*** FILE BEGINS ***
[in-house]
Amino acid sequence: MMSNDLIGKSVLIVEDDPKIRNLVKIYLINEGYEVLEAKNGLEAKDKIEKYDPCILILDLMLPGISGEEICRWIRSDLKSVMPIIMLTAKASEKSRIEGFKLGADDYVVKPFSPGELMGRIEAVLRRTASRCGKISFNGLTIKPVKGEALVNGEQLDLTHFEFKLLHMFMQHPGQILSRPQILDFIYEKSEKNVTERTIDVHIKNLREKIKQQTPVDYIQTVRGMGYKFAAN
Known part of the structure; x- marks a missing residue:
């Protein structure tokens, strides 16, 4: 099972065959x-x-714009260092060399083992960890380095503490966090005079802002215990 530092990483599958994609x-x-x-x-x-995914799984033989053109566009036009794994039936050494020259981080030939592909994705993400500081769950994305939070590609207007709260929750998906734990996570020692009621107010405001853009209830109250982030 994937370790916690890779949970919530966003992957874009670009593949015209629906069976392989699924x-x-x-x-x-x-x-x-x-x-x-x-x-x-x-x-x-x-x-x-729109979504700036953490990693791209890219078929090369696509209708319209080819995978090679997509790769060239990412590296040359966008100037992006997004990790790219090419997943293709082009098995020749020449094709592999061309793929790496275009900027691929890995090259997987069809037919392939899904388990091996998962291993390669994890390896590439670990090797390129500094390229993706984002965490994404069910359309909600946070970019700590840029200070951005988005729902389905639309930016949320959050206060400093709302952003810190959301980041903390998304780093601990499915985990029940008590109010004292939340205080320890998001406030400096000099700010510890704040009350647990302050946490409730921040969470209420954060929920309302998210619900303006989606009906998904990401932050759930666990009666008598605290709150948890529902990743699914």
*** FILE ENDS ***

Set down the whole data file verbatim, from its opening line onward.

[in-house]
Amino acid sequence: MMSNDLIGKSVLIVEDDPKIRNLVKIYLINEGYEVLEAKNGLEAKDKIEKYDPCILILDLMLPGISGEEICRWIRSDLKSVMPIIMLTAKASEKSRIEGFKLGADDYVVKPFSPGELMGRIEAVLRRTASRCGKISFNGLTIKPVKGEALVNGEQLDLTHFEFKLLHMFMQHPGQILSRPQILDFIYEKSEKNVTERTIDVHIKNLREKIKQQTPVDYIQTVRGMGYKFAAN
Known part of the structure; x- marks a missing residue:
């Protein structure tokens, strides 16, 4: 099972065959x-x-714009260092060399083992960890380095503490966090005079802002215990 530092990483599958994609x-x-x-x-x-995914799984033989053109566009036009794994039936050494020259981080030939592909994705993400500081769950994305939070590609207007709260929750998906734990996570020692009621107010405001853009209830109250982030 994937370790916690890779949970919530966003992957874009670009593949015209629906069976392989699924x-x-x-x-x-x-x-x-x-x-x-x-x-x-x-x-x-x-x-x-729109979504700036953490990693791209890219078929090369696509209708319209080819995978090679997509790769060239990412590296040359966008100037992006997004990790790219090419997943293709082009098995020749020449094709592999061309793929790496275009900027691929890995090259997987069809037919392939899904388990091996998962291993390669994890390896590439670990090797390129500094390229993706984002965490994404069910359309909600946070970019700590840029200070951005988005729902389905639309930016949320959050206060400093709302952003810190959301980041903390998304780093601990499915985990029940008590109010004292939340205080320890998001406030400096000099700010510890704040009350647990302050946490409730921040969470209420954060929920309302998210619900303006989606009906998904990401932050759930666990009666008598605290709150948890529902990743699914």